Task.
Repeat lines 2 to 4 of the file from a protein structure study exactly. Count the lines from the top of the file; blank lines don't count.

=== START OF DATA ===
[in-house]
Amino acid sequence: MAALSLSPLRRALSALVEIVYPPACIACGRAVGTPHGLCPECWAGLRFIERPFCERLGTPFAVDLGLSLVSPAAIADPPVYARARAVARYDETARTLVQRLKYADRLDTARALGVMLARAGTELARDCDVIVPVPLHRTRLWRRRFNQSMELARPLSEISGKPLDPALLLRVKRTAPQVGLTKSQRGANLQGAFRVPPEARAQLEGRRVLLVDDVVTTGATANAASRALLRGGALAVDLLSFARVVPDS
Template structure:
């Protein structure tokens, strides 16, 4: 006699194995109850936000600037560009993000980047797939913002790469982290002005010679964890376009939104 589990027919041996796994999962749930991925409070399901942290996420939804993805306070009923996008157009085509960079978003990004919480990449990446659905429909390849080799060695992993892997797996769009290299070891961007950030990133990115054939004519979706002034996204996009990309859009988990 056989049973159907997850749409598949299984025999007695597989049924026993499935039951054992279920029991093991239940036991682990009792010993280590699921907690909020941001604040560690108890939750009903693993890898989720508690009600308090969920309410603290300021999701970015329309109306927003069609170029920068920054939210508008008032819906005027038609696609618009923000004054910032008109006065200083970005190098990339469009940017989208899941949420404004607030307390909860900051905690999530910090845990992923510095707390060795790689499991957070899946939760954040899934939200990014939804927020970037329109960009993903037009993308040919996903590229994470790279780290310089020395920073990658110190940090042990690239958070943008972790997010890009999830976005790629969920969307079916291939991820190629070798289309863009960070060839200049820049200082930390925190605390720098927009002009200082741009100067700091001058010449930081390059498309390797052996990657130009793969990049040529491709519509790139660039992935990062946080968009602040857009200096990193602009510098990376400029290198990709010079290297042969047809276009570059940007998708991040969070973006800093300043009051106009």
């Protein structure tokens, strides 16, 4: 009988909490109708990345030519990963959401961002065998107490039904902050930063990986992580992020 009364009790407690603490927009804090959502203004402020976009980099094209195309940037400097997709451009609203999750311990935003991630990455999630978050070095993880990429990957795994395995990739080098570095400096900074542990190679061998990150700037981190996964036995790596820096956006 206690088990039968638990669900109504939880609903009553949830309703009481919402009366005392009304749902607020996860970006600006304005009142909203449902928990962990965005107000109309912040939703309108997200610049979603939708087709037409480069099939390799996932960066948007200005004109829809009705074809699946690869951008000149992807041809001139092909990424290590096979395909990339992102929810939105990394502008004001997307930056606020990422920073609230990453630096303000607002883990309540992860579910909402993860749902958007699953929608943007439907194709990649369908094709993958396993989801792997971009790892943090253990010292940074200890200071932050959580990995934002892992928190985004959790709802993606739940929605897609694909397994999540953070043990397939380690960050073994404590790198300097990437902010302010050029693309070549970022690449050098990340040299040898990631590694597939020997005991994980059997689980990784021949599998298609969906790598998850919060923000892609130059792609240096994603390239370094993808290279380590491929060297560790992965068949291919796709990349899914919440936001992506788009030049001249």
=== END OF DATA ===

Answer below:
Amino acid sequence: MAALSLSPLRRALSALVEIVYPPACIACGRAVGTPHGLCPECWAGLRFIERPFCERLGTPFAVDLGLSLVSPAAIADPPVYARARAVARYDETARTLVQRLKYADRLDTARALGVMLARAGTELARDCDVIVPVPLHRTRLWRRRFNQSMELARPLSEISGKPLDPALLLRVKRTAPQVGLTKSQRGANLQGAFRVPPEARAQLEGRRVLLVDDVVTTGATANAASRALLRGGALAVDLLSFARVVPDS
Template structure:
């Protein structure tokens, strides 16, 4: 006699194995109850936000600037560009993000980047797939913002790469982290002005010679964890376009939104 589990027919041996796994999962749930991925409070399901942290996420939804993805306070009923996008157009085509960079978003990004919480990449990446659905429909390849080799060695992993892997797996769009290299070891961007950030990133990115054939004519979706002034996204996009990309859009988990 056989049973159907997850749409598949299984025999007695597989049924026993499935039951054992279920029991093991239940036991682990009792010993280590699921907690909020941001604040560690108890939750009903693993890898989720508690009600308090969920309410603290300021999701970015329309109306927003069609170029920068920054939210508008008032819906005027038609696609618009923000004054910032008109006065200083970005190098990339469009940017989208899941949420404004607030307390909860900051905690999530910090845990992923510095707390060795790689499991957070899946939760954040899934939200990014939804927020970037329109960009993903037009993308040919996903590229994470790279780290310089020395920073990658110190940090042990690239958070943008972790997010890009999830976005790629969920969307079916291939991820190629070798289309863009960070060839200049820049200082930390925190605390720098927009002009200082741009100067700091001058010449930081390059498309390797052996990657130009793969990049040529491709519509790139660039992935990062946080968009602040857009200096990193602009510098990376400029290198990709010079290297042969047809276009570059940007998708991040969070973006800093300043009051106009």